Most of us are not content with our stock headlights and 9.99 specials don’t do nuthin for us either.

You get pencil beam, Driving Beam and Wide beam lights utilizing either Bulb, sealed beam or Metal Halide. The last being the brightest (900 000 candlepower) and having a very low current draw (35-50 watts). Compare this to a good quality Light of a 100 watts making 200 000 Candlepower. As an Ozzie friend mentioned  “You don’t wanna see the Roo, you wanna burn the hair of its skin”. Also companies like PIAA make replacement driving lights with a precision reflector that makes night driving a pleasure.

With our winter times it makes sense to fit a work light on the back of your pickup. A set-up that works great on Off Road race Trucks is to have your Spots on High Beam and Fog Lights on Low (connected this way to your stock Lights) since that is far better for Dust Penetration!

It amazes me that people often spend more time in their car than in their Lounge, but spend money on Lounge suites instead. Companies like Keiper-Recaro make quality seats. Sweating away on Plastic upholstery is neither comfortable nor healthy, a quality upholsterer can not only fit “cool” material, but also put in padding to make the seat more comfortable.

A decent “toeter” can make a difference in a panic situation. So can a Fire Extinguisher, in many countries they are mandatory and I would consider it cheap insurance. Granted once a car is burning seriously you might as well fill out your insurance claim (most vehicles are underinsured- nice to know) most fires start as smouldering cables (that is why Alfa’s of old had a bolt cutter next to the Batteries) or grass getting Ignited by the Exhaust (Catalytic converters excel at this).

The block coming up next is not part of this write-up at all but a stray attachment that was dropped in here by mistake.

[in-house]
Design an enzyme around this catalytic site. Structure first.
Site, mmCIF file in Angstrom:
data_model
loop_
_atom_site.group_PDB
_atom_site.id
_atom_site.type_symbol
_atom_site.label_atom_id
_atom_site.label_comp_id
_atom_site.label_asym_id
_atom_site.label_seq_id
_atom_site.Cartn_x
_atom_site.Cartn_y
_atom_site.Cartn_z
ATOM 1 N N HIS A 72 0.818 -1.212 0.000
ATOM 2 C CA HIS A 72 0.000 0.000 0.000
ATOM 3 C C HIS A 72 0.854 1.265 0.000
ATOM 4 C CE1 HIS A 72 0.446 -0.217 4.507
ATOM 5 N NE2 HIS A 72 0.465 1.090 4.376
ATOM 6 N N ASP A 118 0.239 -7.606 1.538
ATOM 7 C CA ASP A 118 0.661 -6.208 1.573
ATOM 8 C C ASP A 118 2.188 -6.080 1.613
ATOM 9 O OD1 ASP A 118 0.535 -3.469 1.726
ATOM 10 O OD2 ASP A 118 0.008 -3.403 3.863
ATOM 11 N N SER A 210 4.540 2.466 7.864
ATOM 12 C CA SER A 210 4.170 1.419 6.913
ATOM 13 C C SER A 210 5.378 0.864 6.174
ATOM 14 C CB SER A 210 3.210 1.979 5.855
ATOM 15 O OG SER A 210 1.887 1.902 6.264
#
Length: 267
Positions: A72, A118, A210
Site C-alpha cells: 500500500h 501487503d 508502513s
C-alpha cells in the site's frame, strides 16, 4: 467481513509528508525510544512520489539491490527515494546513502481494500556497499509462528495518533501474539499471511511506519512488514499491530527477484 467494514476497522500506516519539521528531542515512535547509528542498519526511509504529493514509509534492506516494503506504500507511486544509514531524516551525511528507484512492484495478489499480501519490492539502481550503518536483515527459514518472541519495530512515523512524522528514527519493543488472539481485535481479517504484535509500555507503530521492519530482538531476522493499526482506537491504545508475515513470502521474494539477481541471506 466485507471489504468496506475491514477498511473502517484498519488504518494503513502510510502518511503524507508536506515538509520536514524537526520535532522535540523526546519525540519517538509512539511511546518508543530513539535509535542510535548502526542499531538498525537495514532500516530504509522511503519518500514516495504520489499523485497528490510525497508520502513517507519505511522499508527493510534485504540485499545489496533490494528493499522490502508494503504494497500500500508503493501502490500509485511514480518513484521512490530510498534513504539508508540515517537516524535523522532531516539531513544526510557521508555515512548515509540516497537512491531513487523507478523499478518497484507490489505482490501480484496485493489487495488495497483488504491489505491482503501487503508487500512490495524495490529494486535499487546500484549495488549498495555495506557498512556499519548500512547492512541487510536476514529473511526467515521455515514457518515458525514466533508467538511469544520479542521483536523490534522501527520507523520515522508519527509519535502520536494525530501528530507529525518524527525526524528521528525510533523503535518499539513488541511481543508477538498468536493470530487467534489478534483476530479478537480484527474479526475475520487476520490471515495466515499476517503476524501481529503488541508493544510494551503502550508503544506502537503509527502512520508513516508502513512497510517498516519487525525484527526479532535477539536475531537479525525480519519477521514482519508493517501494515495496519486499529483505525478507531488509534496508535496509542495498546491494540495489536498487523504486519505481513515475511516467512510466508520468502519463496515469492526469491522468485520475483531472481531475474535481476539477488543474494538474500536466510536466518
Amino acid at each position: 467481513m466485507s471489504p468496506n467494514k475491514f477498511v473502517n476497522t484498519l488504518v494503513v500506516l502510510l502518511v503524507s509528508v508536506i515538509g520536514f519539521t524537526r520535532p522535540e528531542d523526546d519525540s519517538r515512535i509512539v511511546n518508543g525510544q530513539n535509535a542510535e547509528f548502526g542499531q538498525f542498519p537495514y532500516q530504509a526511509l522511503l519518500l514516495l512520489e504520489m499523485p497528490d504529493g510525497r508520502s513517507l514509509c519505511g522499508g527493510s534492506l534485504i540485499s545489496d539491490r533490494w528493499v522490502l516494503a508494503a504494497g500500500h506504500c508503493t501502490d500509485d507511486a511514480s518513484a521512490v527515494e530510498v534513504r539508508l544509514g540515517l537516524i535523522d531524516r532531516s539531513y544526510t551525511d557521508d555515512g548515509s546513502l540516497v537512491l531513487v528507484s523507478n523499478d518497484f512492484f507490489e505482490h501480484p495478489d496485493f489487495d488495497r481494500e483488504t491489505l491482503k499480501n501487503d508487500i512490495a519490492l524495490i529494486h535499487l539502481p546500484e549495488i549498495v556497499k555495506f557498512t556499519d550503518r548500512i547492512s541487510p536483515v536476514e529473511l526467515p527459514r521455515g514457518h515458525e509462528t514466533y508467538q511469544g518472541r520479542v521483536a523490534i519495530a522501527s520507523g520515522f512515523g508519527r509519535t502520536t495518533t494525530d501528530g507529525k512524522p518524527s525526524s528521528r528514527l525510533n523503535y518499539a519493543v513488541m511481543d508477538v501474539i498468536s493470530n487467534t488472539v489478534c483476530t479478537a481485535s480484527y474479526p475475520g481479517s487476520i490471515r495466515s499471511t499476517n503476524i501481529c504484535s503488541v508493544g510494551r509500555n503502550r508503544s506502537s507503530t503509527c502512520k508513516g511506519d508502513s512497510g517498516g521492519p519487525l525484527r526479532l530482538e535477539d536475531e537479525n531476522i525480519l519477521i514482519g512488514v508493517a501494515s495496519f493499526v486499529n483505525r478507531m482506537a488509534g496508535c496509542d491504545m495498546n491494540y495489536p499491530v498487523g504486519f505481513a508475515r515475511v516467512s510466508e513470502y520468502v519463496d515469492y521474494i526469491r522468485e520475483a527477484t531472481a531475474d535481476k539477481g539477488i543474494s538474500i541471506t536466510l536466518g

An accessory that always makes me smile is the “Texas gun rack” you know the one carried in the rear window. Some years back Weatherby was sued because this idiot drove through a dip that got his Cannon to jump out of its clip and smack him on the back of his head. This made said gent loose consciousness and overturn his truck. Point is heavy equipment in your Truck should be stored and secured in such a way that it cannot harm you in case of a bump or rollover.

For years I have carried a carefully Lubricated tow rope in my car (the idea being, if you have it you will not need it), I am not ashamed to charge for the privilege of towing some stuck fool out of a tight spot- have you priced a decent tow rope recently? Ah yes- it makes my knees soft whenever I see people attaching the towrope to their tow ball (is that premeditated murder or lack of forethought) nice missile that when it breaks of!

Most manufacturers include a rudimentary (in Afrikaans “gooi dit weg”) Toolkit. My suggestion is to pack the same tools in your Vehicle that you use to service it. Make certain that your Jack is capable of lifting your vehicle and a spare block of wood is useful for supporting the jack on loose ground and cutting Fish bait. By the way I see it essential that everybody that uses a particular car is instructed on how to fix minor problems. It happens time and time again that I stop to help broken down vehicles because their driver is incapable of such a minor task as dropping down the spare tire.

Certain Accessories such as Gear locks on a 4*4 make me smile. Put the Transfer case in Neutral and tow the sucker away. Additives are also on my List of no go items as I am sure if it works; a Reputable Oil Company would market it. An Exemption to that is a Oil Fortifier or Thickener that gets added as a Band aid to let the Motor carry on a Little longer before it has to be rebuilt- Remember though that this thickener has Sulfur in it- so you HAVE to do the Motor sometime!

 Anyway there are things that work and others that just look good- it's up to you to decide on whether you should go Stock or Super modified.